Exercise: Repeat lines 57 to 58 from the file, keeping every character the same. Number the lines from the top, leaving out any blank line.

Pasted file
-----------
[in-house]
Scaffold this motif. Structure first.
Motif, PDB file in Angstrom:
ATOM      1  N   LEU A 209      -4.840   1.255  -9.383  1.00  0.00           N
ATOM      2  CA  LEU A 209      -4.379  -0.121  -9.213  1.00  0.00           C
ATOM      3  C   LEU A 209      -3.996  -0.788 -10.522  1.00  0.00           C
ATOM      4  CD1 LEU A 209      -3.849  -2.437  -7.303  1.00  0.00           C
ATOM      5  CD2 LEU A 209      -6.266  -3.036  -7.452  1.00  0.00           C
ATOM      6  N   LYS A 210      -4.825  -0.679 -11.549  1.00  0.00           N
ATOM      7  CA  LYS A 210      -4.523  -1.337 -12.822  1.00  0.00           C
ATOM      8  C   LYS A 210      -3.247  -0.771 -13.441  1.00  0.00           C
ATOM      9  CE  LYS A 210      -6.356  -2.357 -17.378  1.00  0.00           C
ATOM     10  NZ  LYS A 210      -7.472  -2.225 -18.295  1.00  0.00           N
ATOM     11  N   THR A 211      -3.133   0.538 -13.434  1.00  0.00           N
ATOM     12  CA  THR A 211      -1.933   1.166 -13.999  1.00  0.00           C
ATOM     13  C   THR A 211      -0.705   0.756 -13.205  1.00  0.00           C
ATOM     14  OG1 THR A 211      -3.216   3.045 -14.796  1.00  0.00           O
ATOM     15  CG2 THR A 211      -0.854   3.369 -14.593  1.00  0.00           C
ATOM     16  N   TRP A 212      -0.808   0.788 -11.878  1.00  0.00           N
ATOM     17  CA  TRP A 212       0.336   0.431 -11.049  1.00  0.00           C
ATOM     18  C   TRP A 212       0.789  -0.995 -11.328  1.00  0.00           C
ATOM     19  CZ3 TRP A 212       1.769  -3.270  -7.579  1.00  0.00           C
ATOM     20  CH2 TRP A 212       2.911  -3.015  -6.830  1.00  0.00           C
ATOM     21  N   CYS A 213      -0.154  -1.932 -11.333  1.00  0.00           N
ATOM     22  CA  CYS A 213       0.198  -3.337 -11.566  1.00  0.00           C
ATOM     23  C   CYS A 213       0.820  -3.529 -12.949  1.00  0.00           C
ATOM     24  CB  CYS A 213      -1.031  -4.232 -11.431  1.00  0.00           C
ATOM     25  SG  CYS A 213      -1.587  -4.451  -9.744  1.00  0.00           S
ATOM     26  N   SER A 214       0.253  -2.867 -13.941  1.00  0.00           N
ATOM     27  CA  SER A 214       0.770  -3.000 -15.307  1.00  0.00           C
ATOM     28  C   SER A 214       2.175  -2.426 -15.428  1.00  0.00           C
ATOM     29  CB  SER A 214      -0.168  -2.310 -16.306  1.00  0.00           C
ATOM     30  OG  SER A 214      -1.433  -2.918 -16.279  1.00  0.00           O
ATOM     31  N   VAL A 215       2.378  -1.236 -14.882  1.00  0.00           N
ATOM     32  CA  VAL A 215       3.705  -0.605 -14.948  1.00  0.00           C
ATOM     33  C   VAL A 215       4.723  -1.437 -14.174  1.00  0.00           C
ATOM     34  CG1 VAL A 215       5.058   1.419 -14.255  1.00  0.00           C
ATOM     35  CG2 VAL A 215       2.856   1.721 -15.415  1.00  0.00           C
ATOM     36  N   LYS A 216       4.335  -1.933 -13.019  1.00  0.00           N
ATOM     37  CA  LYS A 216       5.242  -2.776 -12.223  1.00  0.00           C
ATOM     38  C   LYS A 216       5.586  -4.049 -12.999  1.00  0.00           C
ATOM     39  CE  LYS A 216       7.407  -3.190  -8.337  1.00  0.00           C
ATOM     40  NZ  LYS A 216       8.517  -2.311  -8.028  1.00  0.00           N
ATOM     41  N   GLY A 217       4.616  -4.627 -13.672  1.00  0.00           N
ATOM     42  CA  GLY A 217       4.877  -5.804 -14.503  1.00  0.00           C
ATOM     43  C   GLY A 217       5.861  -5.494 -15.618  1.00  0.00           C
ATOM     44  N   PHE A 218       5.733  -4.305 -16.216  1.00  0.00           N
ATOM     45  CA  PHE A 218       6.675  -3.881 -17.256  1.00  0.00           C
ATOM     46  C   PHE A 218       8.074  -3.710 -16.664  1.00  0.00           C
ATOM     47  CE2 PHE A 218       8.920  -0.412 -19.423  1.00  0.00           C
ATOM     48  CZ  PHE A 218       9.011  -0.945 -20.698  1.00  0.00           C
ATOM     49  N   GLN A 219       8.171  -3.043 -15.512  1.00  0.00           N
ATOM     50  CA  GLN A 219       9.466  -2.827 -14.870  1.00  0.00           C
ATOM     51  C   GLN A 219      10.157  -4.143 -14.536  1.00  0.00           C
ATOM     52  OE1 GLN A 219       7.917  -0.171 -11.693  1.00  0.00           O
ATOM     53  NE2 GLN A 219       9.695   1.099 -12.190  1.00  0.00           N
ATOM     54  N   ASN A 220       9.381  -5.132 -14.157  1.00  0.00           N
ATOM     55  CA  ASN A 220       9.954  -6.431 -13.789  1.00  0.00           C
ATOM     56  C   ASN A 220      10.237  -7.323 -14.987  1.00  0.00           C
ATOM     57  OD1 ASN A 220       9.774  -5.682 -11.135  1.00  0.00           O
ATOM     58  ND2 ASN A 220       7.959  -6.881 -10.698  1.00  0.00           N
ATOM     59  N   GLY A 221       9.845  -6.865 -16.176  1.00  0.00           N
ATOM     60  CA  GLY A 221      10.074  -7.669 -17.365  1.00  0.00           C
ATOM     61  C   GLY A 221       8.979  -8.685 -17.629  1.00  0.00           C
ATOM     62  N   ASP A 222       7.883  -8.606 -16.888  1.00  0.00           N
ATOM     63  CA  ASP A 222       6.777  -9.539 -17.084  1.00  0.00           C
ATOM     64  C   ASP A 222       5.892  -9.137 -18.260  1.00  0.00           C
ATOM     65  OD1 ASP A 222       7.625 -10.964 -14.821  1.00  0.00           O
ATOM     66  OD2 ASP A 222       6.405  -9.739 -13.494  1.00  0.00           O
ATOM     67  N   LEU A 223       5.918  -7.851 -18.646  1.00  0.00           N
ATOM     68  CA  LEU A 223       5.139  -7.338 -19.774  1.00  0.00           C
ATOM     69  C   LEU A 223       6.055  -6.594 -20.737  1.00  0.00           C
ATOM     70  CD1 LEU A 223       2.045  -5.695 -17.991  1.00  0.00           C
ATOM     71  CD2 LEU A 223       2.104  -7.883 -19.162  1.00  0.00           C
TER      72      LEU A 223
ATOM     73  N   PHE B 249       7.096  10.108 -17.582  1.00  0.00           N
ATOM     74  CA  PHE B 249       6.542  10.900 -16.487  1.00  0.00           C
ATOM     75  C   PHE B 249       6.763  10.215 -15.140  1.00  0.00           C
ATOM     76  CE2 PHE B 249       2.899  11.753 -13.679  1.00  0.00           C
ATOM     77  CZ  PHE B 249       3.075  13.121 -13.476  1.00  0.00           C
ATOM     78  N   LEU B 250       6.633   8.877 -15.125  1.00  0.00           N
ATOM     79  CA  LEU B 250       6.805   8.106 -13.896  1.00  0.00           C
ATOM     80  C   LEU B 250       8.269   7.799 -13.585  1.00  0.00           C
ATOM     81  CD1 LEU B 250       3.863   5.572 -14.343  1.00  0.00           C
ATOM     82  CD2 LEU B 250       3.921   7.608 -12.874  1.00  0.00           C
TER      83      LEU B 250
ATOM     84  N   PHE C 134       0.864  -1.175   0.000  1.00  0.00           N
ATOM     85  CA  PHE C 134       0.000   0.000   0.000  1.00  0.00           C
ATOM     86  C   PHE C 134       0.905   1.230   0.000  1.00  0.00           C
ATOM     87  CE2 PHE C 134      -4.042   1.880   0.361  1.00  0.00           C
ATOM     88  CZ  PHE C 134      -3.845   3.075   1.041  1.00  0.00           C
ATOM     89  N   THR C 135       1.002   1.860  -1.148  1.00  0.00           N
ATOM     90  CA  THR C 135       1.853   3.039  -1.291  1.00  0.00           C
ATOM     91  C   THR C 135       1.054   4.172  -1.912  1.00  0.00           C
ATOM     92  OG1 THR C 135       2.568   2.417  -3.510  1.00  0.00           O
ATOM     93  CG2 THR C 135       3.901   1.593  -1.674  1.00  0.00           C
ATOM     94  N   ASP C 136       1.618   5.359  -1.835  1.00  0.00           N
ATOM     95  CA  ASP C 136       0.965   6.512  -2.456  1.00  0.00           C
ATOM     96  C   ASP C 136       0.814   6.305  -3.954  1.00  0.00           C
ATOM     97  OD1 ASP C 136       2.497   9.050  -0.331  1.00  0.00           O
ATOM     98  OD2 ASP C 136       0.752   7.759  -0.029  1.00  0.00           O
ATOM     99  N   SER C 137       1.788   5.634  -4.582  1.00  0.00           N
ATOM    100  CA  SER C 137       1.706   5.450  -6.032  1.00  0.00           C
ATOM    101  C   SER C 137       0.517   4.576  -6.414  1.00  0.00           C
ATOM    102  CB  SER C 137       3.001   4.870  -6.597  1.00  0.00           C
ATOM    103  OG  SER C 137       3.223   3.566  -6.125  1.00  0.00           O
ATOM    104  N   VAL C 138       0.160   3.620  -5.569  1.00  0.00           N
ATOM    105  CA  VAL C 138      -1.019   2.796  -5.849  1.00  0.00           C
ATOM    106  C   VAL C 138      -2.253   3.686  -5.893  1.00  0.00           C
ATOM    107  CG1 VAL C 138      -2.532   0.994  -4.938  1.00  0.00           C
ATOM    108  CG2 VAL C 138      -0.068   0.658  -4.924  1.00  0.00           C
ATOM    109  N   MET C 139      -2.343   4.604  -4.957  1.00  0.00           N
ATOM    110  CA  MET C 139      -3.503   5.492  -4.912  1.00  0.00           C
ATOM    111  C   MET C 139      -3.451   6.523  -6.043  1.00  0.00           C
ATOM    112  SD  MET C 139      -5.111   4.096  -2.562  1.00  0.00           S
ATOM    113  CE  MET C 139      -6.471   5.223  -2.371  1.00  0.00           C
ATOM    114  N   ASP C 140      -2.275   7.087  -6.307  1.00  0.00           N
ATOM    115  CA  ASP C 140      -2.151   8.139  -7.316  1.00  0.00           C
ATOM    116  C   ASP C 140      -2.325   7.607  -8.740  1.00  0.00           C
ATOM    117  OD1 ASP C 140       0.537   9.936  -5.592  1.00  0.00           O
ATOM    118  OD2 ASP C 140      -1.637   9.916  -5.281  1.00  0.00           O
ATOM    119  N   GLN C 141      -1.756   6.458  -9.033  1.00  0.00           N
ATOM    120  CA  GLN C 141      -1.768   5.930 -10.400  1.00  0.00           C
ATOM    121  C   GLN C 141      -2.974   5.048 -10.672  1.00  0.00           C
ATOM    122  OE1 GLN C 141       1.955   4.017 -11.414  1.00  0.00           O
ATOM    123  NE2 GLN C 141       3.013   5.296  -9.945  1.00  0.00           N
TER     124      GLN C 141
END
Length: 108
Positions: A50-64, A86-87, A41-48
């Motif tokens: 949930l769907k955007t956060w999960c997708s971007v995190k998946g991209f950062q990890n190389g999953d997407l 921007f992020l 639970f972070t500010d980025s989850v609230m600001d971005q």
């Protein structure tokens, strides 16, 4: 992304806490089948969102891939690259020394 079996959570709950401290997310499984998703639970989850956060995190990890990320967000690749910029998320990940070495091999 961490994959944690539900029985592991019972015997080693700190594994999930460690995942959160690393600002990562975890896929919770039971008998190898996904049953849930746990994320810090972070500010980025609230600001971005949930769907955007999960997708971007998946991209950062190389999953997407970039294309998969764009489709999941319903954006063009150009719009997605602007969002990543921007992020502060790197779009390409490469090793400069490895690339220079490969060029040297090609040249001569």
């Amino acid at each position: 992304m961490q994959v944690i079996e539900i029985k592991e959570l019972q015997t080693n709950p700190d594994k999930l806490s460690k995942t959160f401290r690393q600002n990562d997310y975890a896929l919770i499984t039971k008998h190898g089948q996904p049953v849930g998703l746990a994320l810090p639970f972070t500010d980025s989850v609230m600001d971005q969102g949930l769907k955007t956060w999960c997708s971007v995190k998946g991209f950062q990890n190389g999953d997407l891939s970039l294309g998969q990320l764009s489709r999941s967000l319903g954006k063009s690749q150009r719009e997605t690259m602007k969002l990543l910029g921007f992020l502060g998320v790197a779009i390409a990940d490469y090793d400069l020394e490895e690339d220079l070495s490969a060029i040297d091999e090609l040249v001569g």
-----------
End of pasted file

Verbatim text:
ATOM     54  N   ASN A 220       9.381  -5.132 -14.157  1.00  0.00           N
ATOM     55  CA  ASN A 220       9.954  -6.431 -13.789  1.00  0.00           C